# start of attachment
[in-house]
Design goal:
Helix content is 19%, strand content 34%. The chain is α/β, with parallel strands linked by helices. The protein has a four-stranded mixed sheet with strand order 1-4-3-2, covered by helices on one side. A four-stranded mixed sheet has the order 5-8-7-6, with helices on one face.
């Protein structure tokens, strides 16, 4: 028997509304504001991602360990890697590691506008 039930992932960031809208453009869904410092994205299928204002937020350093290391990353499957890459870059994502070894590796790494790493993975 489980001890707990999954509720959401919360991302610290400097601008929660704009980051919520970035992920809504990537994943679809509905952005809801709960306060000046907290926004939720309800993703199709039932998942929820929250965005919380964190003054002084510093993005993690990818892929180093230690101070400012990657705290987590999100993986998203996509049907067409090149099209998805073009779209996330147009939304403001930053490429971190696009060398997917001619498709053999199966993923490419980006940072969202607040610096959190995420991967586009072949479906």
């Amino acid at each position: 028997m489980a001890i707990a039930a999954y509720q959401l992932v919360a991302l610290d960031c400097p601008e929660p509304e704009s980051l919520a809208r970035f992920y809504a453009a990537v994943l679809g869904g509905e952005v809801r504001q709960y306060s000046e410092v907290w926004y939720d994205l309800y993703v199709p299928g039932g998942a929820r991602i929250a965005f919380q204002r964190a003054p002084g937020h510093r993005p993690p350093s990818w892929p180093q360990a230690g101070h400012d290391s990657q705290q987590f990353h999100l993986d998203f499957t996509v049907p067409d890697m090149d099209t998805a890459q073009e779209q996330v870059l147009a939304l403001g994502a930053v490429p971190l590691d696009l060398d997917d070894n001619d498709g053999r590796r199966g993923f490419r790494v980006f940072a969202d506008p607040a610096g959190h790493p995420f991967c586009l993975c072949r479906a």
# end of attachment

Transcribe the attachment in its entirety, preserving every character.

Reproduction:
[in-house]
Design goal:
Helix content is 19%, strand content 34%. The chain is α/β, with parallel strands linked by helices. The protein has a four-stranded mixed sheet with strand order 1-4-3-2, covered by helices on one side. A four-stranded mixed sheet has the order 5-8-7-6, with helices on one face.
């Protein structure tokens, strides 16, 4: 028997509304504001991602360990890697590691506008 039930992932960031809208453009869904410092994205299928204002937020350093290391990353499957890459870059994502070894590796790494790493993975 489980001890707990999954509720959401919360991302610290400097601008929660704009980051919520970035992920809504990537994943679809509905952005809801709960306060000046907290926004939720309800993703199709039932998942929820929250965005919380964190003054002084510093993005993690990818892929180093230690101070400012990657705290987590999100993986998203996509049907067409090149099209998805073009779209996330147009939304403001930053490429971190696009060398997917001619498709053999199966993923490419980006940072969202607040610096959190995420991967586009072949479906």
């Amino acid at each position: 028997m489980a001890i707990a039930a999954y509720q959401l992932v919360a991302l610290d960031c400097p601008e929660p509304e704009s980051l919520a809208r970035f992920y809504a453009a990537v994943l679809g869904g509905e952005v809801r504001q709960y306060s000046e410092v907290w926004y939720d994205l309800y993703v199709p299928g039932g998942a929820r991602i929250a965005f919380q204002r964190a003054p002084g937020h510093r993005p993690p350093s990818w892929p180093q360990a230690g101070h400012d290391s990657q705290q987590f990353h999100l993986d998203f499957t996509v049907p067409d890697m090149d099209t998805a890459q073009e779209q996330v870059l147009a939304l403001g994502a930053v490429p971190l590691d696009l060398d997917d070894n001619d498709g053999r590796r199966g993923f490419r790494v980006f940072a969202d506008p607040a610096g959190h790493p995420f991967c586009l993975c072949r479906a």